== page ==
I have always been interested in the history of words.

Apparently, a long time ago, there was a Viking family that lived in Rye, in East Sussex; which isn’t that far from where I live now.
The youngest son was a bit of a tearaway and used to disappear for days at a time in his tiny sailing boat. He always said he was fishing and indeed he often returned with quantities of fish, but he also brought back presents for his mother . (Harumph. Anybody out there listening? LO,TG Ed)

Arriving home looking rather pleased with himself, he would present her with silk stockings [long before they were invented!], strange substances that when cooked in griddle cakes made his mother feel rather light headed, bottles of cognac, flint powered pipe lighters [she had several, rather natty clay pipes, nicely decorated], expensive smelling perfumes and sometimes something he called ‘muesli’.

“Oh, Lars, you are so good to me” exclaimed Ma, and fussed over him; treating him to pickled herring and unpickled cauliflower. (No wonder he was so good to her!! Lo,TG Ed)

Eventually Lars, during a rather wild gathering in the local hostelry, began bragging about his exploits – which as the Avid Reader can no doubt see, must have involved illegal trips across the channel, picking up goods that should have had excise charged on them.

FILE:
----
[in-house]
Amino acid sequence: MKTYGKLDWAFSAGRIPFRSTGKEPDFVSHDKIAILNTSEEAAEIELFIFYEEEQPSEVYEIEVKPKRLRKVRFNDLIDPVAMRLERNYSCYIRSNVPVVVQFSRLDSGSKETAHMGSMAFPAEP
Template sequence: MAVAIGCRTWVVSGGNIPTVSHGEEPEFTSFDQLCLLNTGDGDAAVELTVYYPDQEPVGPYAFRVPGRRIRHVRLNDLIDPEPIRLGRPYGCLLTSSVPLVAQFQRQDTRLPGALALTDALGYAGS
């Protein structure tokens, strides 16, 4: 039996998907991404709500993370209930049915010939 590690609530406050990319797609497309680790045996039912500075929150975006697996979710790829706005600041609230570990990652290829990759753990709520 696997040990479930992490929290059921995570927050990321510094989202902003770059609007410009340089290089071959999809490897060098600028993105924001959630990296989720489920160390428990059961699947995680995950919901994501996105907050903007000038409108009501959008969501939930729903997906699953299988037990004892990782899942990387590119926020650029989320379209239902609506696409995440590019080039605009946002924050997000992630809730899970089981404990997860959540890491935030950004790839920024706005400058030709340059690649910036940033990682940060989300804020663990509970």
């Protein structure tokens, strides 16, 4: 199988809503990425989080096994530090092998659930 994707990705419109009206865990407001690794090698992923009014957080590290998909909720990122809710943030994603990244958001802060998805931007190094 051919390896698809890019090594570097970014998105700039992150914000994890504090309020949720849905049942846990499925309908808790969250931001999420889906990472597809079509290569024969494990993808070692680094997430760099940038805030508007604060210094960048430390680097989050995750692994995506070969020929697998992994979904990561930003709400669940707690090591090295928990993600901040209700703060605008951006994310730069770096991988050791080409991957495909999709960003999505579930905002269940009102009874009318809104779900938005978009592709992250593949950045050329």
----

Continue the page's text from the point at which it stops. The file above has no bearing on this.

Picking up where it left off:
Unfortunately there was a Custom and Excise official sitting moodily in the corner of the pub and, momentarily forgetting the extremely tricky practical problems involved with pursuing the objects of his sexual desires – he was very attracted to wasps, with bees coming a close second – he arrested young Lars and hauled him off to jail.

His mother, on hearing the news, ran pell mell through the town, desperate  to see her beloved son.

“Oh, my darling boy – if you hadn’t been so smug, Lars ……” whereupon she collapsed of an apoplexy, dead as a door nail.

The local rag got hold of the story of course, and with the usual accuracy of the press misquoted the last words that Mum ever uttered, so that ‘smug Lars’ became synonymous with the practice of evading excise duty, and the word ‘smugglers’ entered the English language.


Post script: Budgie smugglers is/are something else completely. (Yes. Horrible, horrible horrible. Lo,TG Ed)